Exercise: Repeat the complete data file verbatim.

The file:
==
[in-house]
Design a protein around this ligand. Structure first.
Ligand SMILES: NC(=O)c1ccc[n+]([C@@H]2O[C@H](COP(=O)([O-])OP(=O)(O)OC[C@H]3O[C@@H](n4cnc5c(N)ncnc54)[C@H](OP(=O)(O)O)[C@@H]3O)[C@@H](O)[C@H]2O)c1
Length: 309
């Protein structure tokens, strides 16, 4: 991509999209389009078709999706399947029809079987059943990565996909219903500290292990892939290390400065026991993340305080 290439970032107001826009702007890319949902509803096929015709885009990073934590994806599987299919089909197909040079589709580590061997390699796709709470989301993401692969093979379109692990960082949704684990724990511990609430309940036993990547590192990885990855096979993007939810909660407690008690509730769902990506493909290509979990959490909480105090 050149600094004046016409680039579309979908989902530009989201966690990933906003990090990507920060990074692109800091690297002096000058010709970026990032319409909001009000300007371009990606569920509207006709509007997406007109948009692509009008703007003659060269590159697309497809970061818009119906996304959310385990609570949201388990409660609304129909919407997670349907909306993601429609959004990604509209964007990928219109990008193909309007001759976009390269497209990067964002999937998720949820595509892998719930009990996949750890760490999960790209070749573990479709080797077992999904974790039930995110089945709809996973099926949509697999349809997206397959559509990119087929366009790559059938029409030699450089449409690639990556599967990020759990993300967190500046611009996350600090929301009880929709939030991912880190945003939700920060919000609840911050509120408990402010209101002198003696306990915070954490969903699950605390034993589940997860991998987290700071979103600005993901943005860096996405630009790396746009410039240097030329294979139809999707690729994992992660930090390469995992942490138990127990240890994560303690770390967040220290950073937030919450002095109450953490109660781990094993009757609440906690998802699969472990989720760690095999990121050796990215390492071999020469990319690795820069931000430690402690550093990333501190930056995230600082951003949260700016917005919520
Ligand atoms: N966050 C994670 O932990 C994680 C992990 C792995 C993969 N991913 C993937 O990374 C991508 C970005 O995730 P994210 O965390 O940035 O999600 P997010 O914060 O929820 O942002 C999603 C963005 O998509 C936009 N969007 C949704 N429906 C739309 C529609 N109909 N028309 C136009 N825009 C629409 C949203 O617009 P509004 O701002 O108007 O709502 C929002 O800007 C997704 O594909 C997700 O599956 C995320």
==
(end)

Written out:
[in-house]
Design a protein around this ligand. Structure first.
Ligand SMILES: NC(=O)c1ccc[n+]([C@@H]2O[C@H](COP(=O)([O-])OP(=O)(O)OC[C@H]3O[C@@H](n4cnc5c(N)ncnc54)[C@H](OP(=O)(O)O)[C@@H]3O)[C@@H](O)[C@H]2O)c1
Length: 309
């Protein structure tokens, strides 16, 4: 991509999209389009078709999706399947029809079987059943990565996909219903500290292990892939290390400065026991993340305080 290439970032107001826009702007890319949902509803096929015709885009990073934590994806599987299919089909197909040079589709580590061997390699796709709470989301993401692969093979379109692990960082949704684990724990511990609430309940036993990547590192990885990855096979993007939810909660407690008690509730769902990506493909290509979990959490909480105090 050149600094004046016409680039579309979908989902530009989201966690990933906003990090990507920060990074692109800091690297002096000058010709970026990032319409909001009000300007371009990606569920509207006709509007997406007109948009692509009008703007003659060269590159697309497809970061818009119906996304959310385990609570949201388990409660609304129909919407997670349907909306993601429609959004990604509209964007990928219109990008193909309007001759976009390269497209990067964002999937998720949820595509892998719930009990996949750890760490999960790209070749573990479709080797077992999904974790039930995110089945709809996973099926949509697999349809997206397959559509990119087929366009790559059938029409030699450089449409690639990556599967990020759990993300967190500046611009996350600090929301009880929709939030991912880190945003939700920060919000609840911050509120408990402010209101002198003696306990915070954490969903699950605390034993589940997860991998987290700071979103600005993901943005860096996405630009790396746009410039240097030329294979139809999707690729994992992660930090390469995992942490138990127990240890994560303690770390967040220290950073937030919450002095109450953490109660781990094993009757609440906690998802699969472990989720760690095999990121050796990215390492071999020469990319690795820069931000430690402690550093990333501190930056995230600082951003949260700016917005919520
Ligand atoms: N966050 C994670 O932990 C994680 C992990 C792995 C993969 N991913 C993937 O990374 C991508 C970005 O995730 P994210 O965390 O940035 O999600 P997010 O914060 O929820 O942002 C999603 C963005 O998509 C936009 N969007 C949704 N429906 C739309 C529609 N109909 N028309 C136009 N825009 C629409 C949203 O617009 P509004 O701002 O108007 O709502 C929002 O800007 C997704 O594909 C997700 O599956 C995320």